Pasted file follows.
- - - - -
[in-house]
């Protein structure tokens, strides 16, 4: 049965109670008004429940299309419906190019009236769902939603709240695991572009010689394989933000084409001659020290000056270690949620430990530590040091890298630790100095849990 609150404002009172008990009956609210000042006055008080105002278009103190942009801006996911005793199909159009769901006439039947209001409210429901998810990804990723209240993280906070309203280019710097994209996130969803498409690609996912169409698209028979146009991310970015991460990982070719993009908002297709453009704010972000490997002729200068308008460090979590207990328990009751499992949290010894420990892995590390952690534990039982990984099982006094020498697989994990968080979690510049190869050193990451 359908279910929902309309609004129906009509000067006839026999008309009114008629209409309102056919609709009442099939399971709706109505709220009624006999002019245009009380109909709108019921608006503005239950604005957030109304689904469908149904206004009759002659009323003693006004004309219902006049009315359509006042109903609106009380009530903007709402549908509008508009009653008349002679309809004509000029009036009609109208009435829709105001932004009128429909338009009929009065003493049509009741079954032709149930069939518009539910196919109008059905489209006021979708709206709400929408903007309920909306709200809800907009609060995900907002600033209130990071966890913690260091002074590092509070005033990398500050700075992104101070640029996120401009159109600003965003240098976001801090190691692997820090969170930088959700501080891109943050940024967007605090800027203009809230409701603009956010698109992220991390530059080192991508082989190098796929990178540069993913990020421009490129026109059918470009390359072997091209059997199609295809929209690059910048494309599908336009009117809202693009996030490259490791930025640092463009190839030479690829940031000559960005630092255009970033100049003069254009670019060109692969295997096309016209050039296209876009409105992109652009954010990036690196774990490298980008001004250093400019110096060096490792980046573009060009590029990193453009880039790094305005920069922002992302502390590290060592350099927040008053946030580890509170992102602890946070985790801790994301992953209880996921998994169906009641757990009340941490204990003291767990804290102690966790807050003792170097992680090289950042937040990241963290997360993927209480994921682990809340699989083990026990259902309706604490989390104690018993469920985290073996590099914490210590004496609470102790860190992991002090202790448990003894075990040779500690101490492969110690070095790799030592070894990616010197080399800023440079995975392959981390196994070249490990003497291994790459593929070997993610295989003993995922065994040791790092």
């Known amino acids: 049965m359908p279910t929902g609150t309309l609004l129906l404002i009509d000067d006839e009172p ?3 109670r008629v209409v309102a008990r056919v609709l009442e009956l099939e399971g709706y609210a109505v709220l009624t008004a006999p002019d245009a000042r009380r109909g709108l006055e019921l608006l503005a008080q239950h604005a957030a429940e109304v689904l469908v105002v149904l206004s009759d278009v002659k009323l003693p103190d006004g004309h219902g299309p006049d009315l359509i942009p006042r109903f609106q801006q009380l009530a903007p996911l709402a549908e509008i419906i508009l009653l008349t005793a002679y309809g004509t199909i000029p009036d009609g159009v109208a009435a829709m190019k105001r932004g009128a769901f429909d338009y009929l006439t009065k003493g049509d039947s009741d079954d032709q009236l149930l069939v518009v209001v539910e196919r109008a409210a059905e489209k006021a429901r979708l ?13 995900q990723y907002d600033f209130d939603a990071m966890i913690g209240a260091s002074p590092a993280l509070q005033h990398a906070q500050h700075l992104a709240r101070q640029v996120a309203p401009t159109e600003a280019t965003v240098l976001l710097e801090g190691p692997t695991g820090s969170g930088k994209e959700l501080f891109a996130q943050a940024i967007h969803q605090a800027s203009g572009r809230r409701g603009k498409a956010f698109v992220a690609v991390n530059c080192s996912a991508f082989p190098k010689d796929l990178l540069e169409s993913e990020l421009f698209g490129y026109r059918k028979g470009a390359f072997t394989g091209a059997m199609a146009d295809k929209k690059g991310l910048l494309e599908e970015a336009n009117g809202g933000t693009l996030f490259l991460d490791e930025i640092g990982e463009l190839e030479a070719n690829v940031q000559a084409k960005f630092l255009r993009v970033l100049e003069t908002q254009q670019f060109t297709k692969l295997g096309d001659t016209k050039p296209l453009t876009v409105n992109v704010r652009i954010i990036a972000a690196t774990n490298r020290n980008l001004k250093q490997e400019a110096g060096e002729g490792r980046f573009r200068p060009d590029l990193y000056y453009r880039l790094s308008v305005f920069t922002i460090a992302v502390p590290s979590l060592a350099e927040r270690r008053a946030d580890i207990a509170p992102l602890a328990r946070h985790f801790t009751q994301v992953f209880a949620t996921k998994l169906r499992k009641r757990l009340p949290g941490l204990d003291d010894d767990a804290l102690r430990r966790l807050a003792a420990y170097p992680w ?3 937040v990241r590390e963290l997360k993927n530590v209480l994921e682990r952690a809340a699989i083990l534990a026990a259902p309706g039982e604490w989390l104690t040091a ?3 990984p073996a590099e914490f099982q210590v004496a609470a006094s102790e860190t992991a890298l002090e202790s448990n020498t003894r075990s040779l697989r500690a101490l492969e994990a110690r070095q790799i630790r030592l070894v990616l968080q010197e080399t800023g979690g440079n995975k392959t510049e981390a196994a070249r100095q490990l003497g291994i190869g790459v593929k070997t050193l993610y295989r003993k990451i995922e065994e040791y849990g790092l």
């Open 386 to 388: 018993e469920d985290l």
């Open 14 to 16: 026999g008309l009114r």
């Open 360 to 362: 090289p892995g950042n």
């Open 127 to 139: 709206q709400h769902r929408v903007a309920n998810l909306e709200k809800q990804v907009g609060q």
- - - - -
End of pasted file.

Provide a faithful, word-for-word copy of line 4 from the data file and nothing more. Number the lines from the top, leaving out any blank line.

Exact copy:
């Open 386 to 388: 018993e469920d985290l």